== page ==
Debates about poverty and inequality in the United States frequently invoke the early twentieth century as a time when new social legislation helped moderate corporate power. But as historian Daniel Amsterdam shows, the relationship between business interests and the development of American government was hardly so simple.
"Roaring Metropolis" reconstructs the ideas and activism of urban capitalists roughly a century ago. Far from antigovernment stalwarts, business leaders in cities across the country often advocated extensive government spending on an array of social programs. They championed public schooling, public health, the construction of libraries, museums, parks, and playgrounds, and decentralized cities filled with freestanding homes a set of initiatives that they believed would foster political stability and economic growth during an era of explosive, often chaotic, urban expansion.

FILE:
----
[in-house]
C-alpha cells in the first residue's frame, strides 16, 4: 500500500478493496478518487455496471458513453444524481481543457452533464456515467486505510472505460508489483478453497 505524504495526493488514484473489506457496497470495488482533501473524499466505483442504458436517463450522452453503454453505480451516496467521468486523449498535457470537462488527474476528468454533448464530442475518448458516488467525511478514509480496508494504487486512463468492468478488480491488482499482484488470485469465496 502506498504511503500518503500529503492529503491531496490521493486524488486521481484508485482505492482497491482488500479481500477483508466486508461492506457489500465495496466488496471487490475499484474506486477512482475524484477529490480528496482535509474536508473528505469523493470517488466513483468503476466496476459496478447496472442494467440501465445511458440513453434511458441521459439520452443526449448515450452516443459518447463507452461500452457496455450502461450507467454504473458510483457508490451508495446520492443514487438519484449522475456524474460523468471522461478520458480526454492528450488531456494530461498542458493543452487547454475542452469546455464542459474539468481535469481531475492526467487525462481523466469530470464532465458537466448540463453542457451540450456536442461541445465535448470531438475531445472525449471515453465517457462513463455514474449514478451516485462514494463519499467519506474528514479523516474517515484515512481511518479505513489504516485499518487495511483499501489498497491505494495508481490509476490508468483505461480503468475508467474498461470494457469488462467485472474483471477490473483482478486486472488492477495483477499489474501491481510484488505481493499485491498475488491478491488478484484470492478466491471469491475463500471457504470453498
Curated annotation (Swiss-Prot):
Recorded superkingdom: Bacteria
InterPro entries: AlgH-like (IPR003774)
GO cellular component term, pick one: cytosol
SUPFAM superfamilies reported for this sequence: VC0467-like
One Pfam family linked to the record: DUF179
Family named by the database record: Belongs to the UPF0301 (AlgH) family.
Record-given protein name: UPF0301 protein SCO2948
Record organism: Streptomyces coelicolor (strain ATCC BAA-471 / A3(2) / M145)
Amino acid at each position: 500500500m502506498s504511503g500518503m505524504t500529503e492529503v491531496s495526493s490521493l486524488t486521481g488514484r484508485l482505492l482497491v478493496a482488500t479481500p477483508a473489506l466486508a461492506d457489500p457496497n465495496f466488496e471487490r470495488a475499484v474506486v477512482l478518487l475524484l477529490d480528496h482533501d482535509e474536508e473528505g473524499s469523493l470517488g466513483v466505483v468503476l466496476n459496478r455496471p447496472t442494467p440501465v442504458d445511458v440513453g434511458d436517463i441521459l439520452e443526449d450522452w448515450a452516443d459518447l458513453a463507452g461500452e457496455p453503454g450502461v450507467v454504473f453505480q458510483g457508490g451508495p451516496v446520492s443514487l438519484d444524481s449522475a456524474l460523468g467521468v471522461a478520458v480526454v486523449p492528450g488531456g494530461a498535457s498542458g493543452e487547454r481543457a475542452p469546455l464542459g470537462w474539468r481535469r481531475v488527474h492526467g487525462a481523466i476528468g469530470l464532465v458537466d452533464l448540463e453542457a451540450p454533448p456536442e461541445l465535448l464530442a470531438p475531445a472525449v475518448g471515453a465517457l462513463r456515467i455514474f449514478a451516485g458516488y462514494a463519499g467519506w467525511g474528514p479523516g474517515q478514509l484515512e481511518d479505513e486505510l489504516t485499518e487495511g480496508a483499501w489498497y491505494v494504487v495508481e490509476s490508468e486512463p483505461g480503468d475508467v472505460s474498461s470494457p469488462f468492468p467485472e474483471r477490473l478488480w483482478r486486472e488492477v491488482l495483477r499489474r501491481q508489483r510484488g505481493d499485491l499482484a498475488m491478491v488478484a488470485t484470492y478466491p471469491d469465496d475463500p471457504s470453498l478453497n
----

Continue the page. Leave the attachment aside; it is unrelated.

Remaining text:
The efforts of businessmen on this front had deep historical roots but bore the most fruit during the 1920s, an era often misconstrued as an antigovernment moment. As Daniel Amsterdam illustrates, public spending soared across urban America during the decade due in part to businessmen's political activism. With a focus on three different cities Detroit, Philadelphia, and Atlanta and a host of political groups organized labor, machine politicians, African American and immigrant activists, middle-class women's groups, and the Ku Klux Klan "Roaring Metropolis" traces businessmen's quest to build cities and nurture an urban citizenry friendly to capitalism and the will of urban capitalists."